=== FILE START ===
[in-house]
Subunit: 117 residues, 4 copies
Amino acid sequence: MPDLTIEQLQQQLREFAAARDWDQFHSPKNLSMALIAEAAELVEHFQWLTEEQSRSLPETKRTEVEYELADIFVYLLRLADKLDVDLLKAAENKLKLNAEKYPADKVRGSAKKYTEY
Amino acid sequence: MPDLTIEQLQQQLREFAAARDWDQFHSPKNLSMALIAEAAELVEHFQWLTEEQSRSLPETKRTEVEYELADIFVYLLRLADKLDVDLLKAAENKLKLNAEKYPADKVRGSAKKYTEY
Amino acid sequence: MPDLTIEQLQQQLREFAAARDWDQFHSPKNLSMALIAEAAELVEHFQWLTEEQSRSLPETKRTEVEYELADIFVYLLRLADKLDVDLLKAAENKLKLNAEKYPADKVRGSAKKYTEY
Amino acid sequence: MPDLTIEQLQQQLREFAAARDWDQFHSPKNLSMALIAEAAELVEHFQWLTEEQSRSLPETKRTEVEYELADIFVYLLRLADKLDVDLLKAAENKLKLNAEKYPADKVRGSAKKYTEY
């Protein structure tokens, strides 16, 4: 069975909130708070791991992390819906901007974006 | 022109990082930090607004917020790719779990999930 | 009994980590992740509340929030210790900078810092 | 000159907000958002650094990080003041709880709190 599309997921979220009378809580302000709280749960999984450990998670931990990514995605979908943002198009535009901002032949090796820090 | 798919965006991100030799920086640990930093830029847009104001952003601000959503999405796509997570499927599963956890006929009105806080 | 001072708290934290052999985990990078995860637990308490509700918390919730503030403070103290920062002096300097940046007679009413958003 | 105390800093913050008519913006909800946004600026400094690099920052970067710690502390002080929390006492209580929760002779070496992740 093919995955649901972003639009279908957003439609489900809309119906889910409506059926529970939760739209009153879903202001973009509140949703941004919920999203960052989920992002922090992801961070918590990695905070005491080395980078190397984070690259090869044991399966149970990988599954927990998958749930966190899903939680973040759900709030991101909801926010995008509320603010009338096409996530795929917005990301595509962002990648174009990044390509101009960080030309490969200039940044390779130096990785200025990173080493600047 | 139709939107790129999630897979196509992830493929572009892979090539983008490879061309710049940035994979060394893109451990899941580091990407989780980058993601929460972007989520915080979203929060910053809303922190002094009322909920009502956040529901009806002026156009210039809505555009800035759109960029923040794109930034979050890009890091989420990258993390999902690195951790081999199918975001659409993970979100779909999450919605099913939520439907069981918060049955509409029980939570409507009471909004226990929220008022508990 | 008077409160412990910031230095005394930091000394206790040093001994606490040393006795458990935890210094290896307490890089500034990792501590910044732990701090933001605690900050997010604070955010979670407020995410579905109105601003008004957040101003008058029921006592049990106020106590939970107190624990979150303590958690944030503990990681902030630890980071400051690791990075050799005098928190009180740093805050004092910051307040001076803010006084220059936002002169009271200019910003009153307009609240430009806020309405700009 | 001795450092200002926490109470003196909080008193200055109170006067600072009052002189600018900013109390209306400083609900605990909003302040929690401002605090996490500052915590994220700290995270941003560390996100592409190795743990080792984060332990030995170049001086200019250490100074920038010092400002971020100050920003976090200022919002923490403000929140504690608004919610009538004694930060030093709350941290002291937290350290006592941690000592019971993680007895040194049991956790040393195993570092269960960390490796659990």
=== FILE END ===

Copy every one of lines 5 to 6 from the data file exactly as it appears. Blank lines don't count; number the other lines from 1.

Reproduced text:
Amino acid sequence: MPDLTIEQLQQQLREFAAARDWDQFHSPKNLSMALIAEAAELVEHFQWLTEEQSRSLPETKRTEVEYELADIFVYLLRLADKLDVDLLKAAENKLKLNAEKYPADKVRGSAKKYTEY
Amino acid sequence: MPDLTIEQLQQQLREFAAARDWDQFHSPKNLSMALIAEAAELVEHFQWLTEEQSRSLPETKRTEVEYELADIFVYLLRLADKLDVDLLKAAENKLKLNAEKYPADKVRGSAKKYTEY